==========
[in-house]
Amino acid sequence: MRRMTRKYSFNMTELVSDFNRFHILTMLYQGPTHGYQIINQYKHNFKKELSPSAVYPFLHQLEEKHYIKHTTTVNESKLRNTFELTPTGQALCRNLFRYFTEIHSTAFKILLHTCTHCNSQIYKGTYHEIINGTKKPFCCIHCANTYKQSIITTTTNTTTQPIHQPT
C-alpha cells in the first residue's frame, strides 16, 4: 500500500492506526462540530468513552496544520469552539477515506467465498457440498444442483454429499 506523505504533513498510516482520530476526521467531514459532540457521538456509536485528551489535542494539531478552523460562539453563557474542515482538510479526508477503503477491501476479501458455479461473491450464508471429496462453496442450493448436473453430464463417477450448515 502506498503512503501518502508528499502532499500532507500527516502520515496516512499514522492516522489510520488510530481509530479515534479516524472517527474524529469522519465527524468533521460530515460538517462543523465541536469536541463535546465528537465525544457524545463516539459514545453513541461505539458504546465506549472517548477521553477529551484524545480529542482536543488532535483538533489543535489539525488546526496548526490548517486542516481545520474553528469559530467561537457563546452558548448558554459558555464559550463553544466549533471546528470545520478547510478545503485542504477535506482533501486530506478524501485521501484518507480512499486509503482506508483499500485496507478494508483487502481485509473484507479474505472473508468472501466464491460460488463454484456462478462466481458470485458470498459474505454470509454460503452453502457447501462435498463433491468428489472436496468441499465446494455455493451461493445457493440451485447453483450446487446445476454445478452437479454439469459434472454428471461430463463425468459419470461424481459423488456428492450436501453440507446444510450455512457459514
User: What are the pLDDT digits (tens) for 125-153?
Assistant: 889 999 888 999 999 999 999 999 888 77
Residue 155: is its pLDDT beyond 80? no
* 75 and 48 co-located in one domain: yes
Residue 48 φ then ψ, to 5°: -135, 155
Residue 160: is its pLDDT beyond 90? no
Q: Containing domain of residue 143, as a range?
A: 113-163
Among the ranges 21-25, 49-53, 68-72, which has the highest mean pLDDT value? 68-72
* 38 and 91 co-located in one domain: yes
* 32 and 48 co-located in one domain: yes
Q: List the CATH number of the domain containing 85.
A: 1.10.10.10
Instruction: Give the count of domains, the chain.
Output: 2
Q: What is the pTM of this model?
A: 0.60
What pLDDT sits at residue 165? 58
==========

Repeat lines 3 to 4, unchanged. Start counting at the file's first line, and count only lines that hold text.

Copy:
C-alpha cells in the first residue's frame, strides 16, 4: 500500500492506526462540530468513552496544520469552539477515506467465498457440498444442483454429499 506523505504533513498510516482520530476526521467531514459532540457521538456509536485528551489535542494539531478552523460562539453563557474542515482538510479526508477503503477491501476479501458455479461473491450464508471429496462453496442450493448436473453430464463417477450448515 502506498503512503501518502508528499502532499500532507500527516502520515496516512499514522492516522489510520488510530481509530479515534479516524472517527474524529469522519465527524468533521460530515460538517462543523465541536469536541463535546465528537465525544457524545463516539459514545453513541461505539458504546465506549472517548477521553477529551484524545480529542482536543488532535483538533489543535489539525488546526496548526490548517486542516481545520474553528469559530467561537457563546452558548448558554459558555464559550463553544466549533471546528470545520478547510478545503485542504477535506482533501486530506478524501485521501484518507480512499486509503482506508483499500485496507478494508483487502481485509473484507479474505472473508468472501466464491460460488463454484456462478462466481458470485458470498459474505454470509454460503452453502457447501462435498463433491468428489472436496468441499465446494455455493451461493445457493440451485447453483450446487446445476454445478452437479454439469459434472454428471461430463463425468459419470461424481459423488456428492450436501453440507446444510450455512457459514
User: What are the pLDDT digits (tens) for 125-153?